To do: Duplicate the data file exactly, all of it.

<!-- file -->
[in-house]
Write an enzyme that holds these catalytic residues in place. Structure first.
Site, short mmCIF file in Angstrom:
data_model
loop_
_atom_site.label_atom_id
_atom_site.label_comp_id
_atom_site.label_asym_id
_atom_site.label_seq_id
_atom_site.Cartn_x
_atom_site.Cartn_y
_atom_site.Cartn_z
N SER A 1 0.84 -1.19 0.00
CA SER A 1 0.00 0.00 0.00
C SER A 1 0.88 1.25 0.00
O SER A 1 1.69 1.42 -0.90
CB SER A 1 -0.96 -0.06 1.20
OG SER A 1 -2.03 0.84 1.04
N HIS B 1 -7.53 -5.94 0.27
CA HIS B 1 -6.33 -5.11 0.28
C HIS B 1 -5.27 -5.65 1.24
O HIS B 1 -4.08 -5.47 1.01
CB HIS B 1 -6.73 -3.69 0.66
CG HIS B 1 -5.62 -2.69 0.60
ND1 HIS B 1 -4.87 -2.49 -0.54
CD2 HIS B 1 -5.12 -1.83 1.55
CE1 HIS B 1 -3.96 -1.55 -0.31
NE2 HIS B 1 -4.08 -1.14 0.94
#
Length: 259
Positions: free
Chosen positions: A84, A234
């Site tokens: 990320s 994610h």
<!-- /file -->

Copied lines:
[in-house]
Write an enzyme that holds these catalytic residues in place. Structure first.
Site, short mmCIF file in Angstrom:
data_model
loop_
_atom_site.label_atom_id
_atom_site.label_comp_id
_atom_site.label_asym_id
_atom_site.label_seq_id
_atom_site.Cartn_x
_atom_site.Cartn_y
_atom_site.Cartn_z
N SER A 1 0.84 -1.19 0.00
CA SER A 1 0.00 0.00 0.00
C SER A 1 0.88 1.25 0.00
O SER A 1 1.69 1.42 -0.90
CB SER A 1 -0.96 -0.06 1.20
OG SER A 1 -2.03 0.84 1.04
N HIS B 1 -7.53 -5.94 0.27
CA HIS B 1 -6.33 -5.11 0.28
C HIS B 1 -5.27 -5.65 1.24
O HIS B 1 -4.08 -5.47 1.01
CB HIS B 1 -6.73 -3.69 0.66
CG HIS B 1 -5.62 -2.69 0.60
ND1 HIS B 1 -4.87 -2.49 -0.54
CD2 HIS B 1 -5.12 -1.83 1.55
CE1 HIS B 1 -3.96 -1.55 -0.31
NE2 HIS B 1 -4.08 -1.14 0.94
#
Length: 259
Positions: free
Chosen positions: A84, A234
């Site tokens: 990320s 994610h």